The gift to a friend can be found for sale online | Lifestyles

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OF THE ANDREWS MCMEEL SYNDICATION

FOR BROADCAST: SATURDAY, NOVEMBER 13, 2021

CHER ABBY by Abigail Van Buren

DEAR ABBY: I used to collect vintage dresses, many of which were bought online from retailers for several hundred dollars each. I reluctantly sold some on consignment after a breakup – you know, “with the old, with the new.” But I have kept some beautiful vintage works of art.

A friend of mine (I’ll call her “Gabbi”) likes to sew, and I gave her one of the dresses I had been hanging on, to wear or to DIY. I wanted her to make it something meaningful to herself instead of keeping it buried in my closet.

Last weekend we had lunch. When I asked her how he was or what she was planning to do with it, she replied that she had given it to someone I didn’t know to sell on a clothing resale site. I can’t help but be angry. I know I gave it to Gabbi, but I think what she did was rude. If she had asked me if it was OK to give it away, I would have asked in return.

How to stop maintaining this feeling? Every time I think about her now, I get angry. The next day after our lunch we went to a real estate sale and Gabbi referred to this other person again – “I should have invited ‘Bethany’ so she could find some stuff to resell.” I think Gabbi is oblivious to how she makes others feel. What do you think? – SUPPORTED IN ALABAMA

DEAR CONSIDERATION: You’ve generously tried to help Gabbi by giving her the dress, but unless you specify that it is a collector’s item and if she can’t use it, you wanted her returned to you, you shouldn’t blame her. From my perspective, it seems Gabbi is generously trying to help a friend who needs to earn some money. I hope you let go of your disappointment because if you can’t, you risk destroying a precious relationship.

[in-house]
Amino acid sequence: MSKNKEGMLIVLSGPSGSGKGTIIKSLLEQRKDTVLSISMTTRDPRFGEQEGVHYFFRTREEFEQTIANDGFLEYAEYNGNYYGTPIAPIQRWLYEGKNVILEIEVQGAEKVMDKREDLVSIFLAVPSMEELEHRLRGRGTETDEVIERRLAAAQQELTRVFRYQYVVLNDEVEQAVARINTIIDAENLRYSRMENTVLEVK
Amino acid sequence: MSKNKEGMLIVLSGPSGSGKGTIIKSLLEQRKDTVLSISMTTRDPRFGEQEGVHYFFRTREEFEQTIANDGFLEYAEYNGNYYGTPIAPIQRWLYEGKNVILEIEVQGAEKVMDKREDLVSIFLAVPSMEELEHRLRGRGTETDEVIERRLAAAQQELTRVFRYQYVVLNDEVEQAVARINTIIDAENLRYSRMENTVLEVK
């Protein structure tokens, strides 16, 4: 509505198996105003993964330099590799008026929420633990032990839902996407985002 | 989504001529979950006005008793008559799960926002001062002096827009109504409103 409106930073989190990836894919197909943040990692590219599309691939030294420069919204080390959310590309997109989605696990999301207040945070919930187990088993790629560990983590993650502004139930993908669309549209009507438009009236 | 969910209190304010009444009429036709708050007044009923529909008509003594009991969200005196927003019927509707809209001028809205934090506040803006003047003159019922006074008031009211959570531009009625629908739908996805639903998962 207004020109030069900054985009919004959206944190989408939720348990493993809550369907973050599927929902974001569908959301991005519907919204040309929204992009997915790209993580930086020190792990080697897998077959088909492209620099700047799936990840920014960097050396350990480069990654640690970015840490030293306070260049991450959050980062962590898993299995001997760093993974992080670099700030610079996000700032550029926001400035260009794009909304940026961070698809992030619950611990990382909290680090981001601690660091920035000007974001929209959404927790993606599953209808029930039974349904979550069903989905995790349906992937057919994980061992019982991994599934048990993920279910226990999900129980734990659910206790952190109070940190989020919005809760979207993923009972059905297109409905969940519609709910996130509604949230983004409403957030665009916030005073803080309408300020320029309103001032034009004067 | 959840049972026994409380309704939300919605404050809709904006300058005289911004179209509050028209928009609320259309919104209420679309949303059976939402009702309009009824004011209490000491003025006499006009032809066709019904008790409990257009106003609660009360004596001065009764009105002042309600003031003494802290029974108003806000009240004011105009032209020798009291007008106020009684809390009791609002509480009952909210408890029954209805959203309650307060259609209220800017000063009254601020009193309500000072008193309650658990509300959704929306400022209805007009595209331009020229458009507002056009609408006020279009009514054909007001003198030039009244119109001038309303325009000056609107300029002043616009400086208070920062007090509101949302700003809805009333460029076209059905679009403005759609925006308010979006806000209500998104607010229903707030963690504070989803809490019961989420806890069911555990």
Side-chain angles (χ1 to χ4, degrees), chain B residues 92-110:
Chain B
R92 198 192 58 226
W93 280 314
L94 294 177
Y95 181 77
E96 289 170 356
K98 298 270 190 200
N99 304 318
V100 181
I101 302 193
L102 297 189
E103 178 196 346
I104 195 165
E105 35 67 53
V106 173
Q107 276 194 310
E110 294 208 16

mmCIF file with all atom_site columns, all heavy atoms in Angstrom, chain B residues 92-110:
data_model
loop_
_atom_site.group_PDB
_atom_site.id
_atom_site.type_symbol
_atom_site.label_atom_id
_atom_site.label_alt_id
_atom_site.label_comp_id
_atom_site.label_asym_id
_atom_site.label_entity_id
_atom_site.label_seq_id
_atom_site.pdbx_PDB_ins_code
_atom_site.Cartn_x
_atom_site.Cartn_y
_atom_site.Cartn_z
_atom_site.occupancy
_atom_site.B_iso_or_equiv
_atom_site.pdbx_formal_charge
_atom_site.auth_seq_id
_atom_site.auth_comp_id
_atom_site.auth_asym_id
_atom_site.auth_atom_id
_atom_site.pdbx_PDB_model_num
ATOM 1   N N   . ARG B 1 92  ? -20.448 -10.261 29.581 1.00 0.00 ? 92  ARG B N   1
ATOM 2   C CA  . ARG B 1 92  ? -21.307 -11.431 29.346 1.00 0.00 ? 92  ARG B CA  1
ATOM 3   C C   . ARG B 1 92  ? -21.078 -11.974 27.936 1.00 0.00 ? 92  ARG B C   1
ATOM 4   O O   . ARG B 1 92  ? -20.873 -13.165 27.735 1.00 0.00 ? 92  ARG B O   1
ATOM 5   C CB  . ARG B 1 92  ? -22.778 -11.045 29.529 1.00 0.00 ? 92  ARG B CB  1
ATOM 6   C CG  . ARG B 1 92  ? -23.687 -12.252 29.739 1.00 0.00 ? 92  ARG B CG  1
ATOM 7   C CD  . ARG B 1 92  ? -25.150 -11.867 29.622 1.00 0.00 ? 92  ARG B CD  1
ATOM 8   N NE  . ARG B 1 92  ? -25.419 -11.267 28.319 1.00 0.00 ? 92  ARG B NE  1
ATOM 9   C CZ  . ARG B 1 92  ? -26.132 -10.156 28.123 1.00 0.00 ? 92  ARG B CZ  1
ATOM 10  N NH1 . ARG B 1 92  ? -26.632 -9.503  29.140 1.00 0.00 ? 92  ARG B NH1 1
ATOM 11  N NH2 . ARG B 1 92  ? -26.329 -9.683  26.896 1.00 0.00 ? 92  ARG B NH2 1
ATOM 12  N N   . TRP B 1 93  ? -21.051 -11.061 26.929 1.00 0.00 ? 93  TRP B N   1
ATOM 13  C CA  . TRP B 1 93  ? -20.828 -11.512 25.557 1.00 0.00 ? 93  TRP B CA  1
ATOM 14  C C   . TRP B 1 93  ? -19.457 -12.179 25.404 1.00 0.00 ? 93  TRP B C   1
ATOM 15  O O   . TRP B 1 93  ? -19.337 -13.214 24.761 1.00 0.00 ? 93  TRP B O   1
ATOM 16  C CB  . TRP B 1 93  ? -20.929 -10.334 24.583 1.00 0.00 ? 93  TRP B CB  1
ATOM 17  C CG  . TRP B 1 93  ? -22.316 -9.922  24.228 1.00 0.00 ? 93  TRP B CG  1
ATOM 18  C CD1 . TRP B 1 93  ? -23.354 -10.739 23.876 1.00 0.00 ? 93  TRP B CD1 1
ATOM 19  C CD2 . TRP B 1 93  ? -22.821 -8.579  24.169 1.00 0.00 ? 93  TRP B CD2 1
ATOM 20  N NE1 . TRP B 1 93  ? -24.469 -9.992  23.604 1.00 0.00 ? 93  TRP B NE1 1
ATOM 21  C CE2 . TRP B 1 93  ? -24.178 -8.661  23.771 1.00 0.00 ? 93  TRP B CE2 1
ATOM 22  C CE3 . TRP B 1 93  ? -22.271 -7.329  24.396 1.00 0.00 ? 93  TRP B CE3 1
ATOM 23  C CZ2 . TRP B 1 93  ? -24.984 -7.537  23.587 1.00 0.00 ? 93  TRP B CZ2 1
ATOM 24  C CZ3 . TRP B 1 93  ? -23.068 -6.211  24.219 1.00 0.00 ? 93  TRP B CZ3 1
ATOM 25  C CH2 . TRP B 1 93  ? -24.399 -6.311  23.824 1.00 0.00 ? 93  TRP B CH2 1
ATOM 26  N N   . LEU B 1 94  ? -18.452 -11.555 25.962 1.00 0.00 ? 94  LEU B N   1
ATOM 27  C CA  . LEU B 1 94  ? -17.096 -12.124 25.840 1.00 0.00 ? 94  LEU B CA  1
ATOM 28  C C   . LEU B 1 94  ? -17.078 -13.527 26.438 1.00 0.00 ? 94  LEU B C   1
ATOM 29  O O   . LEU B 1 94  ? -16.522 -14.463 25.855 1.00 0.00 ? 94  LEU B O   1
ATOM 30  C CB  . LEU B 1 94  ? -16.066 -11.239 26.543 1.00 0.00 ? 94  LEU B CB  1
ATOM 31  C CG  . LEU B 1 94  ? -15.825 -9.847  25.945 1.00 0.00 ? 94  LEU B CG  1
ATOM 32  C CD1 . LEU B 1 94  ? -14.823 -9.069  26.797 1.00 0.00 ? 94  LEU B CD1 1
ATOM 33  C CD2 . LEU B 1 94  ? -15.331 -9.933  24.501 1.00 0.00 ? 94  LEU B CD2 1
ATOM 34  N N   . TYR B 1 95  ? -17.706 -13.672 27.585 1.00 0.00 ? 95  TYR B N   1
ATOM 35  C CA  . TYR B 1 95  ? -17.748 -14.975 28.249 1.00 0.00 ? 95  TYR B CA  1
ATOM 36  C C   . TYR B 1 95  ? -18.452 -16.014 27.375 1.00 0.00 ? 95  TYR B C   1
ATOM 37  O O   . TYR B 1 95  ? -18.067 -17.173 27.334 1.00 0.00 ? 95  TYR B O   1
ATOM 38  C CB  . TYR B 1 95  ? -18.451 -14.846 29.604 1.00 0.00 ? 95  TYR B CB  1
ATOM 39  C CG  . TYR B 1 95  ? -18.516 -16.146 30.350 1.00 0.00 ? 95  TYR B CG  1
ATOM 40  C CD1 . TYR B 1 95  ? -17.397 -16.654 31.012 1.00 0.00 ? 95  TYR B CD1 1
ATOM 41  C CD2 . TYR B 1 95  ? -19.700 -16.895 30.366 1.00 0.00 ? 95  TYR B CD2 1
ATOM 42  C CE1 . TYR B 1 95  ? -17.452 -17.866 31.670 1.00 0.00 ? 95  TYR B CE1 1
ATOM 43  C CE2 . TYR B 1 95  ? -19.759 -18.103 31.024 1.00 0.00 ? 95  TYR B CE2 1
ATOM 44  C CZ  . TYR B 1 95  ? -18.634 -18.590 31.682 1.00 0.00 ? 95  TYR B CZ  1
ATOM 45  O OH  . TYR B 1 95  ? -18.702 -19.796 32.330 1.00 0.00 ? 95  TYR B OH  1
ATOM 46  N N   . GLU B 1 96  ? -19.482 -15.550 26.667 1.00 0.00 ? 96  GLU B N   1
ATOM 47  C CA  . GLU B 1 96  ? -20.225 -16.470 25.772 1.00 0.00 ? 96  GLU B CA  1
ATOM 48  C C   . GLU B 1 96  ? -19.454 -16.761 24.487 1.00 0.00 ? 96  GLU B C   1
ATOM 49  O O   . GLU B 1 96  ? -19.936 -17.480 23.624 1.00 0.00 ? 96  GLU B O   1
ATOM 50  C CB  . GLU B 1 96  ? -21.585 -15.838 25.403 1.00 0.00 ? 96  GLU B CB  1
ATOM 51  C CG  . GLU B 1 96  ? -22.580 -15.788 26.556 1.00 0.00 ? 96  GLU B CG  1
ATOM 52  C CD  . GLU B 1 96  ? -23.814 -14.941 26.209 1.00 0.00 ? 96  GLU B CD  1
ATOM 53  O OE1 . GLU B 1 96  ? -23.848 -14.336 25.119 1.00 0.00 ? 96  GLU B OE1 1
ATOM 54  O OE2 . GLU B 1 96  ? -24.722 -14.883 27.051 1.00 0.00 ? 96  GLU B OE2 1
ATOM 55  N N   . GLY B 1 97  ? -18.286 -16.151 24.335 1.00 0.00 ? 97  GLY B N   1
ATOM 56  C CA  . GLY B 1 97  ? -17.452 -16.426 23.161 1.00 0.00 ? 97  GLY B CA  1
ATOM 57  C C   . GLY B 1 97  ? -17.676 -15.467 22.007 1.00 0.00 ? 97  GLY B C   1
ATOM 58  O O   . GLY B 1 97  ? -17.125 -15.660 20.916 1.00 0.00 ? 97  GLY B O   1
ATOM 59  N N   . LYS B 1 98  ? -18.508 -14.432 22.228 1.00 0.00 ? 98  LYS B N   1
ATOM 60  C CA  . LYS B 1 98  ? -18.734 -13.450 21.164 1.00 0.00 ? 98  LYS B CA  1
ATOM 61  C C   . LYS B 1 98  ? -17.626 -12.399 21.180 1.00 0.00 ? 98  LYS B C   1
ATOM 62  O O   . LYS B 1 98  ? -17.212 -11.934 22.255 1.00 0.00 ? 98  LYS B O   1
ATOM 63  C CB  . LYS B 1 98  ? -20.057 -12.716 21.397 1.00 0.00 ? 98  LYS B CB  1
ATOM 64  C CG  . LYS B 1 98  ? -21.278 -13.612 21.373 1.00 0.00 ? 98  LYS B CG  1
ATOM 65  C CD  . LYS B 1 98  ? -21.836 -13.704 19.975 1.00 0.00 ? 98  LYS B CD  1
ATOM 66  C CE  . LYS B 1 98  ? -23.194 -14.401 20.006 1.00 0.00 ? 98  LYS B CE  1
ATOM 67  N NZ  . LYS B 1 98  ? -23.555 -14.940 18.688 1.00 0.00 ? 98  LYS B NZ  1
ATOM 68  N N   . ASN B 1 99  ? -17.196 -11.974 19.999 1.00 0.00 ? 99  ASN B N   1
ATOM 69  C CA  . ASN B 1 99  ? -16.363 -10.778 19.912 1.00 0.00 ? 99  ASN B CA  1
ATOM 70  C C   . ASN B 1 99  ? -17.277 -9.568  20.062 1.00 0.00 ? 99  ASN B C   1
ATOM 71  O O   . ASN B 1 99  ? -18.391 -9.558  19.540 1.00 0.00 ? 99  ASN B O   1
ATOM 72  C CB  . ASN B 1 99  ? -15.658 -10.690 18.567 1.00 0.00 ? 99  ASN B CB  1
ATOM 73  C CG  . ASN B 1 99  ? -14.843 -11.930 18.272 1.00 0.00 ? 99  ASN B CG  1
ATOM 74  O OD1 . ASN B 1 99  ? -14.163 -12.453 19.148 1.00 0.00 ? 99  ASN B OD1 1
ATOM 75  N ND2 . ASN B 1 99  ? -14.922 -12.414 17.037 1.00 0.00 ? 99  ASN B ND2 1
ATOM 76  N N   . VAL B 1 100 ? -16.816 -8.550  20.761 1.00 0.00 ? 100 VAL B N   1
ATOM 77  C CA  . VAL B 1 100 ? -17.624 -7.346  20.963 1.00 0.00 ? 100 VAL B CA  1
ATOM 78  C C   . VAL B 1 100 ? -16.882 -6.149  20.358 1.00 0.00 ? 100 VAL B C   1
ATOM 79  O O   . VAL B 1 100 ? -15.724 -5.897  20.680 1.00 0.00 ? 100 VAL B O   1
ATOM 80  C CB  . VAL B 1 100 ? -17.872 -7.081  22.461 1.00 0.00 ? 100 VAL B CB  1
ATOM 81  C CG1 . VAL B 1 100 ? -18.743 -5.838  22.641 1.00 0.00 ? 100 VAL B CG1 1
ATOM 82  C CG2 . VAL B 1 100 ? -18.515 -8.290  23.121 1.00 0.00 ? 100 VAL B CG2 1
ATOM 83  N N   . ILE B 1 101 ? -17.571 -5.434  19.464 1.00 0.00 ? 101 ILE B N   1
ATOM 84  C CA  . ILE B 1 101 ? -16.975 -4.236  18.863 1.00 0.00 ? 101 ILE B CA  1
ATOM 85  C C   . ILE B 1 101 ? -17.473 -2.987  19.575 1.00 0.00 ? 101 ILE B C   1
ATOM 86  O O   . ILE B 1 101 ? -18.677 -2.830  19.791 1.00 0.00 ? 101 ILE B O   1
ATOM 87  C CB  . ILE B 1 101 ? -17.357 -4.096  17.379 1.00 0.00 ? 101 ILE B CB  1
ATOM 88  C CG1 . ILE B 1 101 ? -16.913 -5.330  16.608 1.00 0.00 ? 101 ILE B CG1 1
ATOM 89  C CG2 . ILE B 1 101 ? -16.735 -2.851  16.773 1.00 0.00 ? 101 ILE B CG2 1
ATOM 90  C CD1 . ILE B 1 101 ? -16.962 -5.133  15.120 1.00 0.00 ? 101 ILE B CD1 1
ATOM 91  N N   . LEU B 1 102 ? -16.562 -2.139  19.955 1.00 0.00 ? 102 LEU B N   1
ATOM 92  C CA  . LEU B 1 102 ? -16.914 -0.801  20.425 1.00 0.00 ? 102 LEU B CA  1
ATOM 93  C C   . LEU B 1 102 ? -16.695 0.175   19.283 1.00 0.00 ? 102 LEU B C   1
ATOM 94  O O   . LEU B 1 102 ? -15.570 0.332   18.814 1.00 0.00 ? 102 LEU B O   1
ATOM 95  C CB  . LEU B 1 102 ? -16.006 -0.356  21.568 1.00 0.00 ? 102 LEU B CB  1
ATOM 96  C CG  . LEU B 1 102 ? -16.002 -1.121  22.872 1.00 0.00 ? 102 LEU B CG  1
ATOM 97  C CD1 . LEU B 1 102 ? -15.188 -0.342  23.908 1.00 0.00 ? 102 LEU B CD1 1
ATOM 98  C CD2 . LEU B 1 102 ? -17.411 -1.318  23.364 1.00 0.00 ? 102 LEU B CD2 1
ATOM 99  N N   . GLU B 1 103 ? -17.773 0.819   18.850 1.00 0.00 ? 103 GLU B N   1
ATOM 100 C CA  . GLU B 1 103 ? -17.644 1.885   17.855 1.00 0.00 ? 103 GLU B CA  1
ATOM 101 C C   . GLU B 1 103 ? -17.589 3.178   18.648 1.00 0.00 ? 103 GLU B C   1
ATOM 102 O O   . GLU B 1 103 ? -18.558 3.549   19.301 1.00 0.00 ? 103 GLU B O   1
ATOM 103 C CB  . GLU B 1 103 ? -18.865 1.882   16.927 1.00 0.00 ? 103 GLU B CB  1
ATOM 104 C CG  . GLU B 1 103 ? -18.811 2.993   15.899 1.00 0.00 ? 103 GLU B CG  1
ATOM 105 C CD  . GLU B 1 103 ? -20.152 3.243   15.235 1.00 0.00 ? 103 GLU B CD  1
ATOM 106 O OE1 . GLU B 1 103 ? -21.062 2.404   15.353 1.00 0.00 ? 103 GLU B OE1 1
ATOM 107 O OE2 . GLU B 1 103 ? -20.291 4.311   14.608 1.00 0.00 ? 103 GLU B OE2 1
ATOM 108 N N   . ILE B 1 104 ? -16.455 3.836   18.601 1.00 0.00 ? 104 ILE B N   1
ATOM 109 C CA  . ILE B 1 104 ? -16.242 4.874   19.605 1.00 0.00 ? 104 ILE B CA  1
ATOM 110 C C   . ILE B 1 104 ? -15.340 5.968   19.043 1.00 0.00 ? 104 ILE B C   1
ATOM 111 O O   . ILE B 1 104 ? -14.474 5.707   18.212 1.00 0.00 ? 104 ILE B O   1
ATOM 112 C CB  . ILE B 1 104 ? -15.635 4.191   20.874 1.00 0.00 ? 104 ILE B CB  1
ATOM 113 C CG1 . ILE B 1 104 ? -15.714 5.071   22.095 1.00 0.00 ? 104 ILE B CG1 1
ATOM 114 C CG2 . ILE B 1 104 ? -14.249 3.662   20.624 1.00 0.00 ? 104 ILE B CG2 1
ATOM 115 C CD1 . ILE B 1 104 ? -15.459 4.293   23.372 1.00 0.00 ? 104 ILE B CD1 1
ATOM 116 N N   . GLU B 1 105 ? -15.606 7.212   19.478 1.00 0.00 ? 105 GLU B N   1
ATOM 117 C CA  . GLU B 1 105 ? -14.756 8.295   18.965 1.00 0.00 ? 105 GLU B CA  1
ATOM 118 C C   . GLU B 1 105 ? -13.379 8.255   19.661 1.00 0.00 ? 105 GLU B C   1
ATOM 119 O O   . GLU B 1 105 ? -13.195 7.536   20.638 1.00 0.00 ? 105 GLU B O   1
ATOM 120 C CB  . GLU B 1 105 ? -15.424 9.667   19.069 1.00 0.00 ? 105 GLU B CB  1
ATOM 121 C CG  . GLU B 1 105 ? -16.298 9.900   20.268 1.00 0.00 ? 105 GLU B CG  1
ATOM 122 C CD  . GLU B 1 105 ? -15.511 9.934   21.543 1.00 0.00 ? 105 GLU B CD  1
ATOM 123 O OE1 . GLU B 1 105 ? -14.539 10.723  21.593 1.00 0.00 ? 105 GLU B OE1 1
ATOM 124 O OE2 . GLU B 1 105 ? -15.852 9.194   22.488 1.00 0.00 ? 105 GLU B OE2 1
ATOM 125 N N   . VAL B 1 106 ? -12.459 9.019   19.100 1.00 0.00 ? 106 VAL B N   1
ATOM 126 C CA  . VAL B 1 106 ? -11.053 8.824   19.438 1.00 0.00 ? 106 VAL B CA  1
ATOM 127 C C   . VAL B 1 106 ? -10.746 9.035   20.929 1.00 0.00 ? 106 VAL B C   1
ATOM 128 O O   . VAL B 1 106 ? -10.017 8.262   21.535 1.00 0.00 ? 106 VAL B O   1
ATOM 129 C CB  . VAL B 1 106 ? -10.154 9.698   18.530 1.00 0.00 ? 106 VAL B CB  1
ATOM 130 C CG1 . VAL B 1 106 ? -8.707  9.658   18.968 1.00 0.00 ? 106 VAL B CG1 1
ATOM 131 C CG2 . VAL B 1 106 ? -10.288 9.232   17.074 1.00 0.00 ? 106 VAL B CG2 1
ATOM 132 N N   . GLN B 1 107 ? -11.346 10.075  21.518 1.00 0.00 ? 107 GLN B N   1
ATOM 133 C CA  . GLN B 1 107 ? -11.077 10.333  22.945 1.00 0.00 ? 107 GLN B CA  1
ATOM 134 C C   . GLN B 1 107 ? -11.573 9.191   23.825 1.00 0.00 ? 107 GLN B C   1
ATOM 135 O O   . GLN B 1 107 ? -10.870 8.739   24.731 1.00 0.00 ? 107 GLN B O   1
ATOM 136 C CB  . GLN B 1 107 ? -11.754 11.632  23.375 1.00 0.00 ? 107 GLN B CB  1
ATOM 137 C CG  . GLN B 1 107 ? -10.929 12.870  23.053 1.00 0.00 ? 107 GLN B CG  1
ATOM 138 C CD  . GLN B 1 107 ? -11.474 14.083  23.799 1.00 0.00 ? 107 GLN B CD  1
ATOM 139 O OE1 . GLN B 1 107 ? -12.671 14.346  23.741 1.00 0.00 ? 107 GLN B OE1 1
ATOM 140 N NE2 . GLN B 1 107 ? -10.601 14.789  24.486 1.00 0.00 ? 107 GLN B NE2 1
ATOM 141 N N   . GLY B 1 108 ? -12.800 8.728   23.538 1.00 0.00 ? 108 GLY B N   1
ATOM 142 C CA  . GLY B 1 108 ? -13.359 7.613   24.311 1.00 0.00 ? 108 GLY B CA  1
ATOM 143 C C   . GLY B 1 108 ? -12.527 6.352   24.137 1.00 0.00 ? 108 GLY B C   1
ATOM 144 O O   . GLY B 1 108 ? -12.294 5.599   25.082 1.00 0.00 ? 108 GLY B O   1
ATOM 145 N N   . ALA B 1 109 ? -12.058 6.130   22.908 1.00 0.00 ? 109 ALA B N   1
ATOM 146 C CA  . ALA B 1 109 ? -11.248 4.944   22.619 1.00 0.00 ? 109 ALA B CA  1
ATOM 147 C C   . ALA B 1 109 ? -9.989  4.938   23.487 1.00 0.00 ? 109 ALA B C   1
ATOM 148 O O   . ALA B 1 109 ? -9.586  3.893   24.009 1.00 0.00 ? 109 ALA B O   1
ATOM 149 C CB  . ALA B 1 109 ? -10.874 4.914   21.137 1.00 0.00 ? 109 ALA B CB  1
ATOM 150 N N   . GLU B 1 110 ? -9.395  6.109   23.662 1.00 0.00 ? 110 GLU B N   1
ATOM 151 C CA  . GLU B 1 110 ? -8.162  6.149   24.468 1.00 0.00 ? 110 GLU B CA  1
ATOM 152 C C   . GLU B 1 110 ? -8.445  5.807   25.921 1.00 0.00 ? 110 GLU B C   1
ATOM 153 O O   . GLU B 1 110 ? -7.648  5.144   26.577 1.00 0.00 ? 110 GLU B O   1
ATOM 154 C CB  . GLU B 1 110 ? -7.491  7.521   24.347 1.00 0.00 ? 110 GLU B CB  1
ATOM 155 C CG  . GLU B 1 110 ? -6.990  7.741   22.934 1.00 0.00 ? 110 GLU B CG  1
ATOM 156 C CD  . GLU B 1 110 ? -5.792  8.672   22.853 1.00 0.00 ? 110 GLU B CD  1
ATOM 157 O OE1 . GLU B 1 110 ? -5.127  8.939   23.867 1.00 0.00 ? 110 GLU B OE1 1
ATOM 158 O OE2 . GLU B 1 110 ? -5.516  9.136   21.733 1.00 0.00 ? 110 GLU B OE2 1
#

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DEAR ABBY: Two years ago, a few months before my 41st birthday, I discovered that the man who raised me (I’ll call him “Norm”) is not my biological father. Norm is a wonderful and loving father figure, who made it clear that it doesn’t change anything between us.

Because this discovery was heartbreaking at first, my parents decided not to tell Norm’s parents or siblings about it. I initially supported their decision because after my biological father made it clear that he didn’t want anything to do with me, it made sense to leave him alone. But now, with my grandparents in poor health, I think they should know. I don’t know if it would do more harm than good at this point. Please advise. – LAUNCH IN KANSAS

DEAR JETÉ: What do you think you will accomplish by telling Norm’s parents at this point? You have been their grandson for four decades. Because their health is precarious, they may not need to hear anything that would bother them. I’m voting to keep this “news” private, as Norm and your mom requested.

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Dear Abby is written by Abigail Van Buren, also known as Jeanne Phillips, and was founded by her mother, Pauline Phillips. Contact Dear Abby at www.DearAbby.com or PO Box 69440, Los Angeles, CA 90069.

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For a great guide to becoming a better conversationalist and a more social person, order “How to Be Popular”. Send your name and mailing address, along with a check or money order for $ 8 (in US dollars) to: Dear Abby, Popularity Booklet, PO Box 447, Mount Morris, IL 61054-0447. (Shipping and handling costs are included in the price.)

(EDITORS: If you have editorial questions, please contact Clint Hooker, [email protected])

COPYRIGHT 2021 ANDREWS MCMEEL SYNDICATION

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